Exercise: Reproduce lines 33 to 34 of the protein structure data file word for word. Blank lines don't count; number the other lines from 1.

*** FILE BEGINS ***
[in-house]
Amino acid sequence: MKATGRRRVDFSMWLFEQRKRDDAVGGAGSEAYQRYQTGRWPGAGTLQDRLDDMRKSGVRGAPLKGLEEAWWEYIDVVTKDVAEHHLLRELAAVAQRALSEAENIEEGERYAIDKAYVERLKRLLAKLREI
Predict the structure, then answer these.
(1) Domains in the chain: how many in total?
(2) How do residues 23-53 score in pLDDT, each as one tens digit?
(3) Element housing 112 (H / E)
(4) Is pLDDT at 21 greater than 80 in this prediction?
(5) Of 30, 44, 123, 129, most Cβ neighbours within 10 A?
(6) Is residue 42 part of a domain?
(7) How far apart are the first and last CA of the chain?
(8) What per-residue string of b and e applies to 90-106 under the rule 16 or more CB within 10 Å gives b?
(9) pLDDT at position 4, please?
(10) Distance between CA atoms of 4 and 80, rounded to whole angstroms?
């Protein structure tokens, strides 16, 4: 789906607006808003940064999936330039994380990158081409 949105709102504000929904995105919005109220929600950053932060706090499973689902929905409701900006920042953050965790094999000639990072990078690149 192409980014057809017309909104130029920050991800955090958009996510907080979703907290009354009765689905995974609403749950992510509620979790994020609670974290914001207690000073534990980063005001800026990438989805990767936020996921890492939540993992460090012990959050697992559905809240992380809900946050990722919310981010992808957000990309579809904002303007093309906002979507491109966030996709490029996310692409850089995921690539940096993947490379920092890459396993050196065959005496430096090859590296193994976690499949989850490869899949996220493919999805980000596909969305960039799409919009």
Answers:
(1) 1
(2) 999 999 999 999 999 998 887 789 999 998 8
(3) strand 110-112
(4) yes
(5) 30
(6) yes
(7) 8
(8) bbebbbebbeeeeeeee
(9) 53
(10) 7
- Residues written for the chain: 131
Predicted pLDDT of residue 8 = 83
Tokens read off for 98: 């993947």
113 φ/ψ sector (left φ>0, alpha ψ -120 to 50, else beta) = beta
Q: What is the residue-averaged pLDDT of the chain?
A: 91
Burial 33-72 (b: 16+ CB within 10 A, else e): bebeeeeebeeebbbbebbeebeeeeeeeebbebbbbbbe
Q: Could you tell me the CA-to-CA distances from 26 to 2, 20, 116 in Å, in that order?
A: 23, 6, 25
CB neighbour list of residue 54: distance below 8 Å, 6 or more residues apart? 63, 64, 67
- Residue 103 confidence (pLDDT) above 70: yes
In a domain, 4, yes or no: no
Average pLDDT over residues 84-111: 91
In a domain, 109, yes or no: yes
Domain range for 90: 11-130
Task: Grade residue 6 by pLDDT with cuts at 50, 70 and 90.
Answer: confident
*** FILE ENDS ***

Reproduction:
Q: Could you tell me the CA-to-CA distances from 26 to 2, 20, 116 in Å, in that order?
A: 23, 6, 25